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As I write this on the last afternoon in 2009, I probably should be considering some of the many resolutions that could be made for 2010. Instead I am remembering the theme, which I had intended to use as a focus for a column a couple of weeks ago. Obviously, my first resolution might be to take my own frequent advice: Don’t just intend, do it.


That non-written column concerned comments on opinions expressed in print or in other media, opinions with which I agreed.


The Dec. 20 Sunday edition of The Gainesville Times featured a long article on the Opinion page, entitled “Three Welcome Gifts.” And most of the positive evaluations were being echoed by our local Representative Amos Amerson and State Senator Chip Pearson.


Most North Georgians are glad to see State Representative David Ralston (who serves part of Dawson County) become Speaker of the Georgia House. With Lt. Governor Casey Cagle and U.S. Congressman Nathan Deal wielding influence, this area can believe that issues will be decided, as nearly as possible, in our best interests. Having met Representative Ralston on a couple of occasions, I am also impressed with his straightforward demeanor.


Another “gift” extolled by that editorial and applauded by countless others was the announcement of Vice President Joe Biden of the stimulus grant, which will bring Broadband Internet to our corner of the state. Admittedly electronically ignorant, I can only repeat that business experts tell us that it is a truly good thing. It is good to see my antigovernment friends and family members be happy to receive some federal money. Somehow, when that money brings aid and hope to those in our own families and to our own communities, it doesn’t seem nearly so “tainted.”


The article’s third “gift” may not be as easily attainable: solving the water crisis, particularly as it affects Lake Lanier. But it really does appear that steps are being taken in the right direction. They’re even talking about conservation measures, and Atlanta, which was my beloved home for over a quarter-century, has seldom shown any indications in that direction.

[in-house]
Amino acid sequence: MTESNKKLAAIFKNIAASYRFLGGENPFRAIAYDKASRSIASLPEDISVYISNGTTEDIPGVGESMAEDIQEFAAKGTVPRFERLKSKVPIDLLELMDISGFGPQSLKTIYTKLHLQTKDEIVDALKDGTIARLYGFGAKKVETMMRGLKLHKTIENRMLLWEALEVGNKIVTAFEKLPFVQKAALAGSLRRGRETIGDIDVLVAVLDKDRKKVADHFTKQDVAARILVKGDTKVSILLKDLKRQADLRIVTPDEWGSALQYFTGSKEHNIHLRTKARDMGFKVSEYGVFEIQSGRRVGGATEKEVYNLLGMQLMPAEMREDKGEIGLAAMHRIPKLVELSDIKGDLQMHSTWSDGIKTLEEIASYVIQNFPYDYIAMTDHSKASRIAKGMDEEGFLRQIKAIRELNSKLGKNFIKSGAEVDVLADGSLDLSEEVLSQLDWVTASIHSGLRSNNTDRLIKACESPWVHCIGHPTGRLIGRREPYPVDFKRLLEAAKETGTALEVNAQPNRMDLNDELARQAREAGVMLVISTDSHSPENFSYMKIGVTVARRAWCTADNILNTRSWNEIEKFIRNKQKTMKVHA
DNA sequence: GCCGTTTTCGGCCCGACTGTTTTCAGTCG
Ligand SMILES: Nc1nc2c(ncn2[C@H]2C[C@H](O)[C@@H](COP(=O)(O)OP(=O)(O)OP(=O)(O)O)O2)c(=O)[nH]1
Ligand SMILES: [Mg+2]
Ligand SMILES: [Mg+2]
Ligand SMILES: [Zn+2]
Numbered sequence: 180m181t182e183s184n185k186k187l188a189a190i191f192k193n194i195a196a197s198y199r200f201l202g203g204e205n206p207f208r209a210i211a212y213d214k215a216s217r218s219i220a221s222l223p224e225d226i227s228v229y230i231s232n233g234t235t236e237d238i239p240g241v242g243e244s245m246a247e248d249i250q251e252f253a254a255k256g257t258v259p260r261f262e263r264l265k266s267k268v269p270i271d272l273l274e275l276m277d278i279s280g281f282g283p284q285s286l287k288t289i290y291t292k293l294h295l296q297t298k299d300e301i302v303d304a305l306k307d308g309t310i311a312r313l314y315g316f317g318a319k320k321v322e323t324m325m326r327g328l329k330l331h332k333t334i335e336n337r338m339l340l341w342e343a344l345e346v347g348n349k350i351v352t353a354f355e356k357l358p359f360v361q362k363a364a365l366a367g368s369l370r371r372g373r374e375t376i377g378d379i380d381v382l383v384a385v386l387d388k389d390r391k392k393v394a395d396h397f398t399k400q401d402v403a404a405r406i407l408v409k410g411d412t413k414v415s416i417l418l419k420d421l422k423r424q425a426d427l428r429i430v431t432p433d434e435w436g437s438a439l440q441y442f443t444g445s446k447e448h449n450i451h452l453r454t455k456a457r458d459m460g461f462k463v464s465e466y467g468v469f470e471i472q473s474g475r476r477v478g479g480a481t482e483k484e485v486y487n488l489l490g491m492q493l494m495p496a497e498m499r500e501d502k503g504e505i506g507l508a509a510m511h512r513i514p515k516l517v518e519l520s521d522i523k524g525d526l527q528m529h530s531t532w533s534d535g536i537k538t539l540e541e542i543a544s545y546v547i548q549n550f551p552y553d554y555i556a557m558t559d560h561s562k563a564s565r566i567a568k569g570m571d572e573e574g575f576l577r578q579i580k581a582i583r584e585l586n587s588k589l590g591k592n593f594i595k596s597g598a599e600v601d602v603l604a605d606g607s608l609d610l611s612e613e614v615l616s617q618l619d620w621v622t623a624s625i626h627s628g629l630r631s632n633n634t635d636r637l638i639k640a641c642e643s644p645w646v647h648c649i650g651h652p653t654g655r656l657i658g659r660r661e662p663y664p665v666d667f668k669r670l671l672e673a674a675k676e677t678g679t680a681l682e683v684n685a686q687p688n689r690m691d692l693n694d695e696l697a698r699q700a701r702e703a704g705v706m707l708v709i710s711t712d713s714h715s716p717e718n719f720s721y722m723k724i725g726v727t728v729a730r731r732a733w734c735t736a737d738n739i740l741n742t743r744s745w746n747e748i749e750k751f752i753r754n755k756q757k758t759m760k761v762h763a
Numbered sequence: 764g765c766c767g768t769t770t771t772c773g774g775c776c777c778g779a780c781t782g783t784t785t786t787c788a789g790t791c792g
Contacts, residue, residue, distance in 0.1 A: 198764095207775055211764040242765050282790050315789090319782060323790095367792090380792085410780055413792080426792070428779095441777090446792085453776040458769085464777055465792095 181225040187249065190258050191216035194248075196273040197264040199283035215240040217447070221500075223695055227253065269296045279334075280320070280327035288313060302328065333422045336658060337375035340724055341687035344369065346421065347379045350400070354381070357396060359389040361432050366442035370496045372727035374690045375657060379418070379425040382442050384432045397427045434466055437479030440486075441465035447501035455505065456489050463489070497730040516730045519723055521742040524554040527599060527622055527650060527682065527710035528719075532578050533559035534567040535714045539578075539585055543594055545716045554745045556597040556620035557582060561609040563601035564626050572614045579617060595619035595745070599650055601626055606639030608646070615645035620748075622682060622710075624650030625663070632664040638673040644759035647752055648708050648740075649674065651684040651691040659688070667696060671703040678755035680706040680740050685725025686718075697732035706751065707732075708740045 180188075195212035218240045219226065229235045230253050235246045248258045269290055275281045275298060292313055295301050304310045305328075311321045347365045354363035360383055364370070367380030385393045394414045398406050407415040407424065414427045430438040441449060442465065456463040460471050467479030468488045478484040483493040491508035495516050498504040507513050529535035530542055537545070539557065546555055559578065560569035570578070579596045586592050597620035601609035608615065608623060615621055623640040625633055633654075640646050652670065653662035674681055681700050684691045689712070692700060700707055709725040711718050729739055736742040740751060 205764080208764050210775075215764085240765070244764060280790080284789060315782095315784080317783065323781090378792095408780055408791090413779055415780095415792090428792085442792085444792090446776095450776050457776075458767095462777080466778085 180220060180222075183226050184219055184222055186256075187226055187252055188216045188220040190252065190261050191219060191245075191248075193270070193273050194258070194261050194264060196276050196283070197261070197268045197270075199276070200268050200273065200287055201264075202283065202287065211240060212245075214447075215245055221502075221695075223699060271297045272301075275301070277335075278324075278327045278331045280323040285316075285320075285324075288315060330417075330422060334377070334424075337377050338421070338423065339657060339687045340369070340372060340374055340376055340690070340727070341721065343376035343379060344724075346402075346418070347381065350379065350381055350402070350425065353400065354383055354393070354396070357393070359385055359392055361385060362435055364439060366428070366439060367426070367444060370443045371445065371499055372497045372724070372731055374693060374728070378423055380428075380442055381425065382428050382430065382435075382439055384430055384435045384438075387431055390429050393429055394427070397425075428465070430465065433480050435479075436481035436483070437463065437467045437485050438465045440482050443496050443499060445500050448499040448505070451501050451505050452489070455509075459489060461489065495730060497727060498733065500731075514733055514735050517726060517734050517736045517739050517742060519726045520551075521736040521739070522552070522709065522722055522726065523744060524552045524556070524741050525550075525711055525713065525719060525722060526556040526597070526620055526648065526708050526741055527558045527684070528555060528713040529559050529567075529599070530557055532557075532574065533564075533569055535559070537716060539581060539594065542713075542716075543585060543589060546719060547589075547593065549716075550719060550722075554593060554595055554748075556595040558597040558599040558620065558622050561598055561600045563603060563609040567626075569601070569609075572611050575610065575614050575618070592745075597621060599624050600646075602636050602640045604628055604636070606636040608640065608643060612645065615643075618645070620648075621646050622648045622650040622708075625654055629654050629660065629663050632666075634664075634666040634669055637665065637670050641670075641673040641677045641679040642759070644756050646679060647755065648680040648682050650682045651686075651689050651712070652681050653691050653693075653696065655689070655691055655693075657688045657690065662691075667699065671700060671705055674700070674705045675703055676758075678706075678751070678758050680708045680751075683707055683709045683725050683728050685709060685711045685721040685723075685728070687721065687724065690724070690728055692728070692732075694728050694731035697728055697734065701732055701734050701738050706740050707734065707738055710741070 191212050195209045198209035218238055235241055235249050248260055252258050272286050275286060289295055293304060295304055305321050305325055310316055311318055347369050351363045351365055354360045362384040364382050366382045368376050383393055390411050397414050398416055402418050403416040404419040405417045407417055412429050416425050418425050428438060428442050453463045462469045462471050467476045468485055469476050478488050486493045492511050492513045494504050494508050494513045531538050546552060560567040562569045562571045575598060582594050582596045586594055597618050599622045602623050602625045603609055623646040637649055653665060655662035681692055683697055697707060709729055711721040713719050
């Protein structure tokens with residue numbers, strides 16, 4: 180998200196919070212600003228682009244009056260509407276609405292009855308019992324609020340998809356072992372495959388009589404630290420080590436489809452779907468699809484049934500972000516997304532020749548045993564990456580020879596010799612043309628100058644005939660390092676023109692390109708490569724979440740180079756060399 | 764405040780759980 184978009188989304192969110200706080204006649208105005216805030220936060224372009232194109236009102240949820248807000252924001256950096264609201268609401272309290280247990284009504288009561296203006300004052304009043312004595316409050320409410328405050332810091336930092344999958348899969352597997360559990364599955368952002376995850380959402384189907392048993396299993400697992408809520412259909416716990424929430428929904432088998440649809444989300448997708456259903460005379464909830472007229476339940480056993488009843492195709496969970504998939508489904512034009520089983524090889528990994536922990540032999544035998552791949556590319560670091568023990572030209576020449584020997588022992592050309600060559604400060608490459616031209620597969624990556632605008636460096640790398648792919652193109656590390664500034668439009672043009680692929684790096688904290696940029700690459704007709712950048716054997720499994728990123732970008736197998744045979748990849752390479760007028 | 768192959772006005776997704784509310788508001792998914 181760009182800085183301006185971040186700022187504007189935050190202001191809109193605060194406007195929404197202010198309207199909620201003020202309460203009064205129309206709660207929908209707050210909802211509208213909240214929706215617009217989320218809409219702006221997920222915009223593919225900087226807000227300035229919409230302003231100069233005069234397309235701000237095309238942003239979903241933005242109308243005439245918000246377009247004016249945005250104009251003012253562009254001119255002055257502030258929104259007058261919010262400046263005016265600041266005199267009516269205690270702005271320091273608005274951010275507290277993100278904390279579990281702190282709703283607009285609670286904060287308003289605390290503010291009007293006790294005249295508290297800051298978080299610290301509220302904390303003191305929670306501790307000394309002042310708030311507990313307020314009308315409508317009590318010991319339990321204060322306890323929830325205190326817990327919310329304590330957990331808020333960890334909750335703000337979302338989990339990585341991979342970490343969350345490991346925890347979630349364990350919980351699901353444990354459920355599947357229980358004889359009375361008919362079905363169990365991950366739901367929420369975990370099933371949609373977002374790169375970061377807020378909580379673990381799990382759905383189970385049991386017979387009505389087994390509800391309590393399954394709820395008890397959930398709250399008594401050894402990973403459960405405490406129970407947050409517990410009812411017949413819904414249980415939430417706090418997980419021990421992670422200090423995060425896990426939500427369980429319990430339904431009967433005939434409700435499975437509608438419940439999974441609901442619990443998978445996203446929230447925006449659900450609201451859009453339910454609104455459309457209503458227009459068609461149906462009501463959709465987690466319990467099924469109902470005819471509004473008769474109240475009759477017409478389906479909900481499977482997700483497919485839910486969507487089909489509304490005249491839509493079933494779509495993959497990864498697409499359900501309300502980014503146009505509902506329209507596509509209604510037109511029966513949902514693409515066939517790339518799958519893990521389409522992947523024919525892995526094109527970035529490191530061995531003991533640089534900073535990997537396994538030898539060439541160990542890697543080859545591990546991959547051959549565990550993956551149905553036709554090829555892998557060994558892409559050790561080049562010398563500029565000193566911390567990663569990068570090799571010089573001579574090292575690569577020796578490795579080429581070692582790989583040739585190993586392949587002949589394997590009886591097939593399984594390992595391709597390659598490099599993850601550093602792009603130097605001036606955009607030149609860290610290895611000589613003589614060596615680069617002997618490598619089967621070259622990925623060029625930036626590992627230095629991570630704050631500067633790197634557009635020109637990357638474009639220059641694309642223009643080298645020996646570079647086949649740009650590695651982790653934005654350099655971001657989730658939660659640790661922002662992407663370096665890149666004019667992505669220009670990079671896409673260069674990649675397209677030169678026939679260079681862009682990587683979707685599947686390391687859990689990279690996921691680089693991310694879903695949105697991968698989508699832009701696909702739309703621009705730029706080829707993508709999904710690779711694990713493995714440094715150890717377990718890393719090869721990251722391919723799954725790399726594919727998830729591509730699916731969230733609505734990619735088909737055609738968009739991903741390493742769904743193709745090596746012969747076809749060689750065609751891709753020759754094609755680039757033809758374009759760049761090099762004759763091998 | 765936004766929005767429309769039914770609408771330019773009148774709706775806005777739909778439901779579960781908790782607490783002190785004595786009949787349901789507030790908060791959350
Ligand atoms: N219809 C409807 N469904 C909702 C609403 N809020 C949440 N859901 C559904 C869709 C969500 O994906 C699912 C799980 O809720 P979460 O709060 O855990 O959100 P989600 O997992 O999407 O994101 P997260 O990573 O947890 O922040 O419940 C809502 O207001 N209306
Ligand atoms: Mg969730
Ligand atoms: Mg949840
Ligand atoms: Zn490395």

So, I shout “Amen” to the view that these three events bode well for the next years.


On that same page was a retrospective column by the brilliant Charles Krauthammer, with whom I almost never agree. This one concerned his 25 years as a columnist, and several of his observations really made sense to me. One of lesser importance was that old columnists never quit writing (although they may “fade away”) - and I would add, even when they have little of consequence to say. That last clause applies mostly to myself. It’s probably an ego-thing. Once in a while, I have profound thought or a project to push, but generally I am just conversing with my readers. And, honestly, being flattered that they say they enjoy the conversation.


So, I suppose 2010 will begin with an old lady taking an opportunity to congratulate people like the board of commissioners and County Manager Kevin Tanner for planning a new courthouse to stay under budget, to the RIC-Rack board for a much-needed expansion, to Linda Williams and the chamber for their continuing good programming, to Jane Graves and the HOA for keeping a close watch on possible encroachments on private properties, to the Rev. Mark Weaver and associates for establishing a free clinic, to Calvin Byrd and KARE for Kids for a successful year, to all the groups and organizations who made Christmas a truly blessed season (as it was designed to be).


Now, let’s get busy and help United Way to reach its goal, because many individuals are depending on it. Happy New Year.


Helen Taylor’s column appears periodically in the Dawson Community News.